Millions of people around the world embark annually on spiritual journeys to soothe their souls. Global religious tourism is one of the fastest growing segments in travel today. According to the UNWTO, 300-330 million tourists visit the globe’s most important religious sights every year.
To put things into better perspective, 2.5 million people per year visit Bodh Ghaya, the site of Buddha’s Enlightenment.  In 2017, 2.4 million Muslims travelled from all over the world to Saudi Arabia for the annual Hajj congregation. Around 4 million Christian pilgrims attended papal events, prayers services, or liturgies in the Vatican in 2016.
By Sarmad Ishfaq
Pakistan, with many important historical Buddhist sites, is noticeably trending in “religious tourism” due to its extensive heritage of Gandhara and Emperor Ashoka the Great. [Over 20 beautiful photos in feature.]
The Great Sleeping Buddha
Just last year, Pakistan’s Prime Minister Imran Khan announced his intention of increasing Buddhist tourism in the country — shortly after an announcement disclosing a newly unearthed 48-feet long sleeping Buddha near Bhamala Stupa in Haripur district.
The Sleeping Buddha is the world’s oldest sleeping Buddha and dates back to the 3rd century. Five hundred other Buddhism related objects were excavated in the same area further reinforcing the Buddhist legacy of Pakistan.
Pakistan’s tourism trends — Buddhist tourists
Pakistan may be the next big thing in Buddhist historical-site tourism, although for years it was held back by a bureaucratic visa system as well as the unstable security situation. With a renewed focus on Buddhist Tourism, this is changing, with a new streamlined visa process, the improved security situation, as well as the introduction of online visas.
In 2018, the British Backpacker Society listed the country as the #1 tourism destination worldwide. Tourism numbers have picked up in recent years with popular international vloggers and writers praising and promoting the country’s idyllic landscape as well as the locals’ profound hospitality.
However, the country is still lagging behind when compared to South Asian and global tourism numbers. Concerted efforts are being made to further grow tourism in the country. Effectively promoting the country’s Buddhist tourism potential is an essential avenue to realizing this goal.
Buddhist legacy in Pakistan — Gandhara heritage
Siddhartha Gautama, later revered as the Buddha, spread his teachings on the Indian subcontinent as long ago as 2600 years. Buddhism spread around Pakistan, Afghanistan, and India. [See map Note 3.] In what is today modern-day Pakistan and other areas, the famous Buddhist ruler Ashoka the Great (304 to 232 BCE) spread Buddhism and Buddhist monuments and art throughout the region. (Gandhara Civilization 1500 BCE to 515 CE.) 
Although, Buddhists who live in Pakistan only amount to a few thousand, more and more Buddhist tourists arrive each year. The most popular country for Buddhist tourists from Japan, China, Korea, and Thailand are Buddhist sites in India.
This hidden potential for Pakistan, however, is extraordinary, since Buddhism one of the world’s largest spiritual paths, with over 520 million followers. Most Buddhists live in Asia and are relatively close in proximity to the country. Pakistan’s neighbour, China, has around 244 million Buddhist followers.
Major Buddhist sights and artifacts
Taxila, in modern-day Punjab, Pakistan, is particularly important, because the Buddha himself travelled and taught in this part of the country. The city was a Buddhist centre for learning, architecture, sculpture, and art for over 1000 years.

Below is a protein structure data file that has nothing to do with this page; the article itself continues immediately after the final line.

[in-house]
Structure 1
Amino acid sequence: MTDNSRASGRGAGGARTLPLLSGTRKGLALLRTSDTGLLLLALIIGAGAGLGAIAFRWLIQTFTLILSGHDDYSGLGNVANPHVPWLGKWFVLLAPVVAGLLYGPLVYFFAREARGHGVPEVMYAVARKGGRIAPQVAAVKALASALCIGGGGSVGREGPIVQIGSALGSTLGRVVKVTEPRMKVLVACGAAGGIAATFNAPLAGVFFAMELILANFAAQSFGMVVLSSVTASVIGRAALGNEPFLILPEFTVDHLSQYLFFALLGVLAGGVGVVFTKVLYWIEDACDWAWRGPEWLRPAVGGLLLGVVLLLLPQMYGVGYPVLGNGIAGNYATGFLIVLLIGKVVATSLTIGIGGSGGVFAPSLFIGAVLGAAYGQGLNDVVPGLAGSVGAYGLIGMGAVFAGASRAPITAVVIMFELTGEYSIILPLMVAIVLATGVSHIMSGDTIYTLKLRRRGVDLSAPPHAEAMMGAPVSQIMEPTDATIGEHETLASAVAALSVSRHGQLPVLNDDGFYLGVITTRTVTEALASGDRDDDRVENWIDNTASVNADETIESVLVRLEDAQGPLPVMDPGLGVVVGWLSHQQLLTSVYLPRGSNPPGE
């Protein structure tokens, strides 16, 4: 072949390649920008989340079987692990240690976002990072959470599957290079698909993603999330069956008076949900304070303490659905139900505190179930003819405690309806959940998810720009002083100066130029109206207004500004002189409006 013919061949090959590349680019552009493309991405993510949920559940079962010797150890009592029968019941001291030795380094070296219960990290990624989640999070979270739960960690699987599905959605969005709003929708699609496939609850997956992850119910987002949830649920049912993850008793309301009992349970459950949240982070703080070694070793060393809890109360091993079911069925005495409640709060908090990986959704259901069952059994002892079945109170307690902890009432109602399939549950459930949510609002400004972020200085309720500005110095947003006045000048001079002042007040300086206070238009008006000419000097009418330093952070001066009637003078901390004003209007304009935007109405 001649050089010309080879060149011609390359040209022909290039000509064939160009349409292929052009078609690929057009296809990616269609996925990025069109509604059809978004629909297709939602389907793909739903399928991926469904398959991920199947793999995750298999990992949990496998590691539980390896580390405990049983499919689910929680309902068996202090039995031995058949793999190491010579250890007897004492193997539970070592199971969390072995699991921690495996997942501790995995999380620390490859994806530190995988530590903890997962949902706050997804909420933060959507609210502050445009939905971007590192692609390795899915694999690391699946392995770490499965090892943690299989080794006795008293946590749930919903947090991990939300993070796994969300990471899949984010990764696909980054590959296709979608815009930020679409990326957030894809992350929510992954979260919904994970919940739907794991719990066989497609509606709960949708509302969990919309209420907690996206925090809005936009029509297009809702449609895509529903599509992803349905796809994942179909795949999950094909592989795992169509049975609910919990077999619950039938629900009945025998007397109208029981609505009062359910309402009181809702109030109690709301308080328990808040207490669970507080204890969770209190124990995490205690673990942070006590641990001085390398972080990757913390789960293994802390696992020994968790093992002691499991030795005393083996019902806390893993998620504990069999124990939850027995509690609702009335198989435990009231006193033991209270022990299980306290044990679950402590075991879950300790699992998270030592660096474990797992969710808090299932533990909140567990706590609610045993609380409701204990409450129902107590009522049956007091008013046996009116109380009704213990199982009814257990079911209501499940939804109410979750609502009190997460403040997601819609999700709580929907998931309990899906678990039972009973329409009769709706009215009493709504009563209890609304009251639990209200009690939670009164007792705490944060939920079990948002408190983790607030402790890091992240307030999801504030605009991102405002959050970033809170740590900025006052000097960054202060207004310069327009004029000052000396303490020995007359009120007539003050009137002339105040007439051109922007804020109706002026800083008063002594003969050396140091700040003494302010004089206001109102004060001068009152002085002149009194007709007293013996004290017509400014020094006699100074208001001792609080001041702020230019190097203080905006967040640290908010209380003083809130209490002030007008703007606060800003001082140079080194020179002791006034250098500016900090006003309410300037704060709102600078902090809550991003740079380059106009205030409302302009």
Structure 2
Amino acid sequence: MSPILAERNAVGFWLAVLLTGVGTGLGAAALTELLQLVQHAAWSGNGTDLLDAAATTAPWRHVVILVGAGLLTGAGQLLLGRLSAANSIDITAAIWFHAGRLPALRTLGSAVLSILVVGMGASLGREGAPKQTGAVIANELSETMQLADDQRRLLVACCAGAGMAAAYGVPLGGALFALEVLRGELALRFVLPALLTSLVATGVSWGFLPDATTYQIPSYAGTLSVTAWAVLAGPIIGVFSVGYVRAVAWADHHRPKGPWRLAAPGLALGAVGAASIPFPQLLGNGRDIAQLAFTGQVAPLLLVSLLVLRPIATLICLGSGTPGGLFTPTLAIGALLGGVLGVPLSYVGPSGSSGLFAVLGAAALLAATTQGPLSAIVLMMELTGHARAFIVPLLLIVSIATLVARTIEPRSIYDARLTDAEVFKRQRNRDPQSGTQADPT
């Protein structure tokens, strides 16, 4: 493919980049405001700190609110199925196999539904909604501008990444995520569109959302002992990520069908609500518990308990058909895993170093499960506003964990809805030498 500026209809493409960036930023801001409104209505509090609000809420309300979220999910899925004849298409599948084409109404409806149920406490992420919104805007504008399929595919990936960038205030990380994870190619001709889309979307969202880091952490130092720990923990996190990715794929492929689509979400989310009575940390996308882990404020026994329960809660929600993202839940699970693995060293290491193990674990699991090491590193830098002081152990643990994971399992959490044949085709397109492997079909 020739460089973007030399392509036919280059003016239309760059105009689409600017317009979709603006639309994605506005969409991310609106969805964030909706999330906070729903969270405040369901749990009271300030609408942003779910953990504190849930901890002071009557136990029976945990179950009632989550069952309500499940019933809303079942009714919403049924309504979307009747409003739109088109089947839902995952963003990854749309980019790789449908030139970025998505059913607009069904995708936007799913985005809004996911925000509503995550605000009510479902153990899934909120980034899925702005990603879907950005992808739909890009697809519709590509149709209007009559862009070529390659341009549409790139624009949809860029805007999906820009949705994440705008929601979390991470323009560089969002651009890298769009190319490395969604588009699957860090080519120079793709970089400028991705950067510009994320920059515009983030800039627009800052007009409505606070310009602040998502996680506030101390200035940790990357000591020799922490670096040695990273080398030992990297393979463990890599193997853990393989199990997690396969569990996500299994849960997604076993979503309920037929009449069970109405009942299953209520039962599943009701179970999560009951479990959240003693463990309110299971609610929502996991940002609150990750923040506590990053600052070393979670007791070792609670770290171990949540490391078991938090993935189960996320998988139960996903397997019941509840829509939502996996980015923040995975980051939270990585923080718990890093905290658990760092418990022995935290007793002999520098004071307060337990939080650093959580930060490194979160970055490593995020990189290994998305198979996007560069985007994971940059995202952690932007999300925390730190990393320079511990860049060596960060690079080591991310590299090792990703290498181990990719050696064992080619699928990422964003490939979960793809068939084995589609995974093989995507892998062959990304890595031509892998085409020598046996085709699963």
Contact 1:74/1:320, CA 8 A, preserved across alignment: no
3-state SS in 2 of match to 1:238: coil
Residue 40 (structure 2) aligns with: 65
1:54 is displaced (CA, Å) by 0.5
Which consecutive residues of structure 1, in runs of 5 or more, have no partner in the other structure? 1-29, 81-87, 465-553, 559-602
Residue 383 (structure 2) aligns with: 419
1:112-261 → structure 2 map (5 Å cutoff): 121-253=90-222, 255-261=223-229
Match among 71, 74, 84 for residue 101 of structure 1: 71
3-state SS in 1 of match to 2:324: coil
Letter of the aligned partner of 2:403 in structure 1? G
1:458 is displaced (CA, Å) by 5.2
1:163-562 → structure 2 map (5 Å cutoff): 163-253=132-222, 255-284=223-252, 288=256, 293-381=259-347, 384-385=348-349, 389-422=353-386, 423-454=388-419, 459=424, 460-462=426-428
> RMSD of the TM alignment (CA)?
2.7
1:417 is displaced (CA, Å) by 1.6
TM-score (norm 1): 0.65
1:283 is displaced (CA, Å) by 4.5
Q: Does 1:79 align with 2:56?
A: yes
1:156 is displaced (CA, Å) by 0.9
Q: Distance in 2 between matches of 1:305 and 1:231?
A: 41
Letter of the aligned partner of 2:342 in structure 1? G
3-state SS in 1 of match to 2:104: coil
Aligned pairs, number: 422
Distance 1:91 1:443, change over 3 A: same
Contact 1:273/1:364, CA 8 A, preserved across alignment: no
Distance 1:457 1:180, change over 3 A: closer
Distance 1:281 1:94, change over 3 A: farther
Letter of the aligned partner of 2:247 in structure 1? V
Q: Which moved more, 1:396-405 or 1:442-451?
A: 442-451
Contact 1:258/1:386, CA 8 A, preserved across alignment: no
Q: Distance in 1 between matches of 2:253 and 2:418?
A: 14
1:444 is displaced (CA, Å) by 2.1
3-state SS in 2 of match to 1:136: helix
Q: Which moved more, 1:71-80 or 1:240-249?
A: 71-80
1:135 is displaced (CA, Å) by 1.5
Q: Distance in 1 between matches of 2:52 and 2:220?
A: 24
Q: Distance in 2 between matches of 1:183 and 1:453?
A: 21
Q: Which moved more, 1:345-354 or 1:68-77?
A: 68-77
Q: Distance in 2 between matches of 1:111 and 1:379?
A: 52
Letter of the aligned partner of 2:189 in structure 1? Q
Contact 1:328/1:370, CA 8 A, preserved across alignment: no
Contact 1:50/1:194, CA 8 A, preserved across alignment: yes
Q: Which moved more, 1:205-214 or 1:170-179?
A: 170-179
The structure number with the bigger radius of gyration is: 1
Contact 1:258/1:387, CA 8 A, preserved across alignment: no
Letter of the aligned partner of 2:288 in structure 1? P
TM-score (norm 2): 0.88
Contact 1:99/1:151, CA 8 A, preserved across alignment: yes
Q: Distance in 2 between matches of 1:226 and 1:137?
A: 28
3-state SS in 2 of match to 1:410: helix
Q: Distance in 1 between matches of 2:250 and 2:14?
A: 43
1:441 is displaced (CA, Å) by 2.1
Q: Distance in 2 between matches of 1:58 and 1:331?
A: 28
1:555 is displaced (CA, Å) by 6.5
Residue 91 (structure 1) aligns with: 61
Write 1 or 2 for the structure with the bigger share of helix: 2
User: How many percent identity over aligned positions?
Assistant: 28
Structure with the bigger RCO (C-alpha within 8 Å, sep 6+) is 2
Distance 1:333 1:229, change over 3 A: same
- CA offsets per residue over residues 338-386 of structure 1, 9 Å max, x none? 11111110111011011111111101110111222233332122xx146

The Taxila museum houses breath-taking relics and art from the Gandhara civilization. Most significantly, the Taxila Museum is home to the teeth and bone relics of the Lord Buddha.
The art in the museum revolves around the Buddha’s life stories and individual images. Stories have been carved in relief in stone and preserving images of Buddha’s life: his birth, his pre-enlightenment luxurious life, his departure from the palace to seek enlightenment, as well as post-enlightenment scenes such as the Buddha taming a mad elephant and even the Buddha’s Parinirvana. There are around 24 stories of the Buddha in stone relief here and more than 1,400 stone artefacts.
I have visited Taxila and the museum on a couple of occasions. The history and art is beautiful, although more should be done to facilitate tourists — especially coming from non-English speaking countries such as Japan, South Korea, and China.
The Korean scholar, Lee Kun Jong, on a visit to Taxila in 2018 raised similar concerns; he pointed out that the museum did not offer leaflets for foreigners and that there was a lack of informative plates at that time — leaving many tourists without understanding the significance of the artifacts related to the Buddha.
He suggested the tourism department or government should seek assistance from UNESCO and others while also initiating joint-collaborations with international universities. The professor stated that he had visited over 70 countries — and none had the tourist potential of Pakistan and that the country can become a hub for Buddhist tourists.
Taxila Museum artifacts
The artifacts in the Museum have been discovered from various sights in Taxila in Punjab province are a must-visit for any Buddhist, or admirer of the faith or antiquities. The attractions include the Bhir Mound (600-200 BCE), Dharmarajika Stupa and Monastery (300 BCE – 200 CE), Sirkap (200 BCE – 600 CE), Jaulian Monastery (200 – 600 CE) and Jandial Temple (c.250 BCE). The Sirkap city contains a round stupa which is considered to be one of the oldest in the subcontinent. The nearby Dharmarajika Stupa dates back to the 2nd century CE and is particularly noteworthy as it was built to house bone fragments of Lord Buddha.
Lahore Museum — a trove of Buddhist art
Staying in Punjab province, the Lahore Museum boasts a treasure trove of Buddhist art from the ancient Indo-Greek and Gandhara kingdoms. The Museum has a miniature stupa in great condition as well as a plethora of historic relics, but its crown jewel is the Gandhara-era “Fasting Buddha”.